“Elbow Zombie” Muangthai PK.Saenchaimuaythaigym battled hard in the ring to bring his family out of poverty in Thailand’s impoverished northeast, and he credits his gym for helping him achieve his dream.
The Buriram native took his first steps in the sport as a 7-year-old under the tutelage of his father and then found success in Bangkok, but his family of farmers still relied on the yield of an unreliable rice harvest to survive.
However the bantamweight knockout artist – who will face Brice “The Truck” Delval at ONE: A NEW TOMORROW – says everything changed when he joined the team that carries the name of one of his heroes, Saenchai PK.Saenchaimuaythaigym.
For about a decade, Saenchai was regarded by many as the best Muay Thai athlete in the world. Just like Muangthai hoped to do, he had used his athletic ability to emerge from humble beginnings in Isan and give his family a better life.
Muangthai traveled through the same roughened trails of temple fairs and local festivals as his role model did years before, and showed enough talent to get the chance to try and make it big in Bangkok.
During his early days in the nation’s capital when he was just 15, he was inspired when he saw the living legend in action at the old Lumpinee Stadium.
“I was so inspired by watching him. I really like the way he fights,” the 25-year-old says.
“My style is so different than his, but I still like to watch him and appreciate his style. He’s amazing. His techniques are so different – especially his cartwheel kick.”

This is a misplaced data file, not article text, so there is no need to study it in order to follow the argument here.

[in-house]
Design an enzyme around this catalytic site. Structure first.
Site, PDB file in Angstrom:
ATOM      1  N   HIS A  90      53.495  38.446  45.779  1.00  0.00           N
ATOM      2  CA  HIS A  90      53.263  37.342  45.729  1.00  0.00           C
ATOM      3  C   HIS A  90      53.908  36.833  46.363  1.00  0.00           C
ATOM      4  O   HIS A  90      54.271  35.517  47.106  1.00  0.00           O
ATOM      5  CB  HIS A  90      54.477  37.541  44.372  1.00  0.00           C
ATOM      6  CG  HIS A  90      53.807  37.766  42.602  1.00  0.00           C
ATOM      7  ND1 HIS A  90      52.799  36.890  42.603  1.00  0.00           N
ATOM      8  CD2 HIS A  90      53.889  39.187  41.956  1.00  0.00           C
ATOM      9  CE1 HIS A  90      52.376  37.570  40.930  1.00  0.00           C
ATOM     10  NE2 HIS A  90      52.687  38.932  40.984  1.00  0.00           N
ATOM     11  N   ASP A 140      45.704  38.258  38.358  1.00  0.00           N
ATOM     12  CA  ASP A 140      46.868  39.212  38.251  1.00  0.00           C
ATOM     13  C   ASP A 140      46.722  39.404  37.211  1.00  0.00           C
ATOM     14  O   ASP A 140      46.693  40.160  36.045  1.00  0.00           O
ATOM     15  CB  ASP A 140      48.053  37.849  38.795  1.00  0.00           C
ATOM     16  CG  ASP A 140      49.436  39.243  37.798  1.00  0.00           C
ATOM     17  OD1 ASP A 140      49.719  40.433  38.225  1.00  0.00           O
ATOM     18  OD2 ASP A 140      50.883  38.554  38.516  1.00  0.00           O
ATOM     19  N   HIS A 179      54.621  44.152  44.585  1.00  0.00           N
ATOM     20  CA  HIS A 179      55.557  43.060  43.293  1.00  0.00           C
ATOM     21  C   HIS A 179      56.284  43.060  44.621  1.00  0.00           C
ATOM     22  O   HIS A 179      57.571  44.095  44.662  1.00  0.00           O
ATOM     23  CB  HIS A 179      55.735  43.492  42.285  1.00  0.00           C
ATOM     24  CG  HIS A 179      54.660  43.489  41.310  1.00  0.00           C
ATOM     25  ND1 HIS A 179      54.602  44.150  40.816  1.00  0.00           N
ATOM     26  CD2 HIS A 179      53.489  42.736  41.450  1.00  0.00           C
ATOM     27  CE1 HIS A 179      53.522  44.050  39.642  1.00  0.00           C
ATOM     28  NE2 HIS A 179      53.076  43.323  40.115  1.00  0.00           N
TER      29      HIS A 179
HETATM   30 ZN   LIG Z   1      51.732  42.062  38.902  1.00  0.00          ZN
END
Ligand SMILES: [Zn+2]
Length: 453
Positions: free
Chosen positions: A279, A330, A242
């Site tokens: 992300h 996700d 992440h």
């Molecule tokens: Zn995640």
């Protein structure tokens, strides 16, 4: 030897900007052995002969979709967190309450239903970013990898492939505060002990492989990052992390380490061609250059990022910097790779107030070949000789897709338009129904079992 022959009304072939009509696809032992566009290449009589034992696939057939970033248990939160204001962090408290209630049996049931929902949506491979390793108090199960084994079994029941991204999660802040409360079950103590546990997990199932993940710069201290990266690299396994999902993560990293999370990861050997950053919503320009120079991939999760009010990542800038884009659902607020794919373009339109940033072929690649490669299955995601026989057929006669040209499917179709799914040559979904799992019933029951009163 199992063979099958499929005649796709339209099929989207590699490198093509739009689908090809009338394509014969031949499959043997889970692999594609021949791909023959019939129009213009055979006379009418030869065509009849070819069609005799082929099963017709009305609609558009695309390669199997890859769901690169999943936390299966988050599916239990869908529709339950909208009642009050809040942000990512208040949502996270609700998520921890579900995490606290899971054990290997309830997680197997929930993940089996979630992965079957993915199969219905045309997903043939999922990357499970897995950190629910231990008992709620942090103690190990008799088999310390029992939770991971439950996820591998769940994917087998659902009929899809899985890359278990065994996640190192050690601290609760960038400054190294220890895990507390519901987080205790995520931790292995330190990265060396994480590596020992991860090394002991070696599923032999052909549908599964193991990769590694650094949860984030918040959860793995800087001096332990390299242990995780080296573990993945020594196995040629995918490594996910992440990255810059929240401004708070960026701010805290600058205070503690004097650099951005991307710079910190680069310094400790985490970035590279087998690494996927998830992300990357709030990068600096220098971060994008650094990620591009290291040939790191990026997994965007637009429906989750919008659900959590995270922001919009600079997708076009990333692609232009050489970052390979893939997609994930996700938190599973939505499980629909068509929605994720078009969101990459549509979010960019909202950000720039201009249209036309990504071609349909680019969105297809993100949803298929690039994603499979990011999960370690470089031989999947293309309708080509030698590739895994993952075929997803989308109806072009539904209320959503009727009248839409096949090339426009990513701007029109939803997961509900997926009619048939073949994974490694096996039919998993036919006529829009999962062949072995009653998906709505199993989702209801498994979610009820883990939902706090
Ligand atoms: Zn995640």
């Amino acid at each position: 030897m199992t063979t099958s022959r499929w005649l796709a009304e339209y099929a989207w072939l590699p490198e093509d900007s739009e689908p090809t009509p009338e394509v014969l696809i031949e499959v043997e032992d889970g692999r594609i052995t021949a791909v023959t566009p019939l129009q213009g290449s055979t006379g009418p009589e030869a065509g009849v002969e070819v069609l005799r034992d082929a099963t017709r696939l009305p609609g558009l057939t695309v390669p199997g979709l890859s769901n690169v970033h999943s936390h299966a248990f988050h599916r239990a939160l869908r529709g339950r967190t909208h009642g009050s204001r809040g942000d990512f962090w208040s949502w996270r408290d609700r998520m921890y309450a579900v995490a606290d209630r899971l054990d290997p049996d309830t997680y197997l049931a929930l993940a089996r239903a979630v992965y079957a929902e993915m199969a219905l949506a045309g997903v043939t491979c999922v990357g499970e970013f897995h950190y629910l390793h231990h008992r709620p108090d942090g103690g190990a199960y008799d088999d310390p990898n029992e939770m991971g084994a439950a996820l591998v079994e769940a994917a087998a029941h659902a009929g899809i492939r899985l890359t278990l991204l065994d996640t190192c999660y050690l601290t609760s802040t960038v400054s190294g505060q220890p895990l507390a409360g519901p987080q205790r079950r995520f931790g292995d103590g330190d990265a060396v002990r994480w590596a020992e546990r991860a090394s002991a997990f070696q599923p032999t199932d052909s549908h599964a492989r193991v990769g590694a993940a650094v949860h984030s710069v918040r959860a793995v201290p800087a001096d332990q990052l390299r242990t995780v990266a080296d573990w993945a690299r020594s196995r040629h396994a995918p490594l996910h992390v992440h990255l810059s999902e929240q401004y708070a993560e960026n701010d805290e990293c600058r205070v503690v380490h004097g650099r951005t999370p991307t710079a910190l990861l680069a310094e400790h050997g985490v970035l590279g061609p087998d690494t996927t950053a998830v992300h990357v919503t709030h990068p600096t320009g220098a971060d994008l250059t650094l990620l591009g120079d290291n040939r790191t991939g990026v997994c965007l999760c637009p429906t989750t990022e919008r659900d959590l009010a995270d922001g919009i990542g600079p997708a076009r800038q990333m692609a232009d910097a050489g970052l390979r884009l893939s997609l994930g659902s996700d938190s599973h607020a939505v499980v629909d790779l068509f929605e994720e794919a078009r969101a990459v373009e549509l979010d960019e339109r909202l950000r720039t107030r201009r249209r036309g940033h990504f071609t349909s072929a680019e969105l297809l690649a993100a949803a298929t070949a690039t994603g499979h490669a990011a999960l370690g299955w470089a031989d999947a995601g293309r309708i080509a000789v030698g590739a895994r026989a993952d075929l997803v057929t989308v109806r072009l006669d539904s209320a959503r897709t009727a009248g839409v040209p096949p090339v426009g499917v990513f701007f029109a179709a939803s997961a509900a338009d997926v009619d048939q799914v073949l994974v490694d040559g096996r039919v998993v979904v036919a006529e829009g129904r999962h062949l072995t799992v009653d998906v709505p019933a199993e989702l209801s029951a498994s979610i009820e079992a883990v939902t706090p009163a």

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However, in those early days, even though he claimed his first Lumpinee Stadium Muay Thai World Title just before his 18th birthday, the teenage star’s family still struggled with mounting debts.
That all changed when he was brought onto Saenchai’s team, which trains at a world-class facility in the Bang Kho Laem area of Bangkok.
Although he doesn’t train for his bouts at the gym, Saenchai frequently stops by to pass on his knowledge to the next generation of Muay Thai contenders, and Muangthai has learned a lot from the Mahasarakham native.
“He comes and will show some us of his techniques, and teach us how to throw things a certain way,” he says.
“He reminds us to stay focused and encourages us. He will tell us that we must keep training and fix our mistakes.”
Saenchai has also come to watch the “Elbow Zombie” in action, and encourages his protégé – whatever the result in the ring.
“He’s seen me fight a couple of times. He congratulates me when I win, and encourages me to keep going if I lose,” Muangthai adds.
Allied with his skills and entertaining style, Muangthai’s association with his idol’s gym opened doors, and he soon started to earn bigger purses, which he used to turn his family’s life around.
He also claimed his second Lumpinee belt in 2016, and then started to dream of taking the next step in his career – emulating his mentor by becoming a star on the international circuit.
Unlike Saenchai, who had to compete for many different promotions across the world when he was at the peak of his powers, Muangthai had the opportunity to join the world’s largest martial arts organization in 2018 soon after the launch of ONE Super Series.
With a remarkable 199-41-4 record, which includes a pair of victories from two bouts in ONE Super Series, Muangthai is on the path to becoming one of his sport’s modern greats, and his determination to succeed is as strong as ever.
A third win in The Home Of Martial Arts this Friday will take him one step closer to another World Title, which will help to give his loved ones a prosperous future and solidify his gym’s reputation.
“Because my family is so poor, I have that extra motivation to succeed. I want a better life and a better future for them. I don’t want it to be difficult for us anymore,” he says.
“I am doing this for my gym, I want to build a name for them. This is for PK and for my family.”